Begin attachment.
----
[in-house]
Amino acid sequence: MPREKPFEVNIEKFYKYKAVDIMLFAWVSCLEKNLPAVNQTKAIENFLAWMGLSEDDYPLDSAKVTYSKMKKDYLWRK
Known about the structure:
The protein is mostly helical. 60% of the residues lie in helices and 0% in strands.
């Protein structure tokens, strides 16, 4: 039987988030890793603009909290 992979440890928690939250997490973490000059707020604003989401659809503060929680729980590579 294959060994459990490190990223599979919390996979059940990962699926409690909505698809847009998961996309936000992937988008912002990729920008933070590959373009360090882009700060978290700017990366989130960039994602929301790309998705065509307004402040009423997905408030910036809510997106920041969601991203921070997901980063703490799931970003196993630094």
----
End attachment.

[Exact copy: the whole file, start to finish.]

[in-house]
Amino acid sequence: MPREKPFEVNIEKFYKYKAVDIMLFAWVSCLEKNLPAVNQTKAIENFLAWMGLSEDDYPLDSAKVTYSKMKKDYLWRK
Known about the structure:
The protein is mostly helical. 60% of the residues lie in helices and 0% in strands.
């Protein structure tokens, strides 16, 4: 039987988030890793603009909290 992979440890928690939250997490973490000059707020604003989401659809503060929680729980590579 294959060994459990490190990223599979919390996979059940990962699926409690909505698809847009998961996309936000992937988008912002990729920008933070590959373009360090882009700060978290700017990366989130960039994602929301790309998705065509307004402040009423997905408030910036809510997106920041969601991203921070997901980063703490799931970003196993630094």